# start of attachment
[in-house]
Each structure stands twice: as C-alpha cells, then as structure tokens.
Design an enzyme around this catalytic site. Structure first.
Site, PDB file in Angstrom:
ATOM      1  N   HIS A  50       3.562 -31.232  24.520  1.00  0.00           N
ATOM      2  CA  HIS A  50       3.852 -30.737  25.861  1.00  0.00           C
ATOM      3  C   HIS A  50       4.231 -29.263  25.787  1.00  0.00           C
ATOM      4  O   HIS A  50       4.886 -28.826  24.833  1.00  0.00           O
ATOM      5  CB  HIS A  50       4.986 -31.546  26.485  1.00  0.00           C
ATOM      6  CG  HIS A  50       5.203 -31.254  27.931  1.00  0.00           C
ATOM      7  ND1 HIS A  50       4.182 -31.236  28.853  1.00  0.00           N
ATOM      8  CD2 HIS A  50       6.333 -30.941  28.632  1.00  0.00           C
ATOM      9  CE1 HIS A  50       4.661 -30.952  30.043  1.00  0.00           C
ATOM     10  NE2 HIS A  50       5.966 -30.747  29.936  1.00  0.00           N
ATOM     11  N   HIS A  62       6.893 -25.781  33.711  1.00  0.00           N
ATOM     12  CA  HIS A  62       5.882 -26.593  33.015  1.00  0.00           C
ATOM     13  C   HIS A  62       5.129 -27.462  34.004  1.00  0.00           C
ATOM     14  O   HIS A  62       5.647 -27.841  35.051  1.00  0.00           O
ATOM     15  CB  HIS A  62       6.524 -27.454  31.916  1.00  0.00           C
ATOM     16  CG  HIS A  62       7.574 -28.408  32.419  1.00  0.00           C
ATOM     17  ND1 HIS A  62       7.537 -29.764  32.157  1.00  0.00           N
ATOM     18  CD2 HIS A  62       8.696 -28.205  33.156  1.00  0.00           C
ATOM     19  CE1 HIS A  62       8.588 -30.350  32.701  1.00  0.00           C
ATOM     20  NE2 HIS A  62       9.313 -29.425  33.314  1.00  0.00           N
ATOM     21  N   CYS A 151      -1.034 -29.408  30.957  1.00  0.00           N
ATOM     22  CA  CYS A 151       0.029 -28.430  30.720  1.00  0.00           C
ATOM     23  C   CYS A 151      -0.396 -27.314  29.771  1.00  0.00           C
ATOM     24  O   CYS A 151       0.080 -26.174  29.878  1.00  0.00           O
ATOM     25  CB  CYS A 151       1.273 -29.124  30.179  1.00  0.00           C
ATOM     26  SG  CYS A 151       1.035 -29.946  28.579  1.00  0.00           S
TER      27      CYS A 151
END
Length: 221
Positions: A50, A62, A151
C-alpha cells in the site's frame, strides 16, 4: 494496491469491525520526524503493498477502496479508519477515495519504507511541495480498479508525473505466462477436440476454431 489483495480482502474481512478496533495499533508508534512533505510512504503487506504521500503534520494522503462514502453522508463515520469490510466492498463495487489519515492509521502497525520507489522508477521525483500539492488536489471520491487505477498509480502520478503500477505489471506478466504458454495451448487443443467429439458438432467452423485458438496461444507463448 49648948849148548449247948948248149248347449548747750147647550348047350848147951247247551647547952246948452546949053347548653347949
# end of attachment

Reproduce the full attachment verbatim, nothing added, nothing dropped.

[in-house]
Each structure stands twice: as C-alpha cells, then as structure tokens.
Design an enzyme around this catalytic site. Structure first.
Site, PDB file in Angstrom:
ATOM      1  N   HIS A  50       3.562 -31.232  24.520  1.00  0.00           N
ATOM      2  CA  HIS A  50       3.852 -30.737  25.861  1.00  0.00           C
ATOM      3  C   HIS A  50       4.231 -29.263  25.787  1.00  0.00           C
ATOM      4  O   HIS A  50       4.886 -28.826  24.833  1.00  0.00           O
ATOM      5  CB  HIS A  50       4.986 -31.546  26.485  1.00  0.00           C
ATOM      6  CG  HIS A  50       5.203 -31.254  27.931  1.00  0.00           C
ATOM      7  ND1 HIS A  50       4.182 -31.236  28.853  1.00  0.00           N
ATOM      8  CD2 HIS A  50       6.333 -30.941  28.632  1.00  0.00           C
ATOM      9  CE1 HIS A  50       4.661 -30.952  30.043  1.00  0.00           C
ATOM     10  NE2 HIS A  50       5.966 -30.747  29.936  1.00  0.00           N
ATOM     11  N   HIS A  62       6.893 -25.781  33.711  1.00  0.00           N
ATOM     12  CA  HIS A  62       5.882 -26.593  33.015  1.00  0.00           C
ATOM     13  C   HIS A  62       5.129 -27.462  34.004  1.00  0.00           C
ATOM     14  O   HIS A  62       5.647 -27.841  35.051  1.00  0.00           O
ATOM     15  CB  HIS A  62       6.524 -27.454  31.916  1.00  0.00           C
ATOM     16  CG  HIS A  62       7.574 -28.408  32.419  1.00  0.00           C
ATOM     17  ND1 HIS A  62       7.537 -29.764  32.157  1.00  0.00           N
ATOM     18  CD2 HIS A  62       8.696 -28.205  33.156  1.00  0.00           C
ATOM     19  CE1 HIS A  62       8.588 -30.350  32.701  1.00  0.00           C
ATOM     20  NE2 HIS A  62       9.313 -29.425  33.314  1.00  0.00           N
ATOM     21  N   CYS A 151      -1.034 -29.408  30.957  1.00  0.00           N
ATOM     22  CA  CYS A 151       0.029 -28.430  30.720  1.00  0.00           C
ATOM     23  C   CYS A 151      -0.396 -27.314  29.771  1.00  0.00           C
ATOM     24  O   CYS A 151       0.080 -26.174  29.878  1.00  0.00           O
ATOM     25  CB  CYS A 151       1.273 -29.124  30.179  1.00  0.00           C
ATOM     26  SG  CYS A 151       1.035 -29.946  28.579  1.00  0.00           S
TER      27      CYS A 151
END
Length: 221
Positions: A50, A62, A151
C-alpha cells in the site's frame, strides 16, 4: 494496491469491525520526524503493498477502496479508519477515495519504507511541495480498479508525473505466462477436440476454431 489483495480482502474481512478496533495499533508508534512533505510512504503487506504521500503534520494522503462514502453522508463515520469490510466492498463495487489519515492509521502497525520507489522508477521525483500539492488536489471520491487505477498509480502520478503500477505489471506478466504458454495451448487443443467429439458438432467452423485458438496461444507463448 49648948849148548449247948948248149248347449548747750147647550348047350848147951247247551647547952246948452546949053347548653347949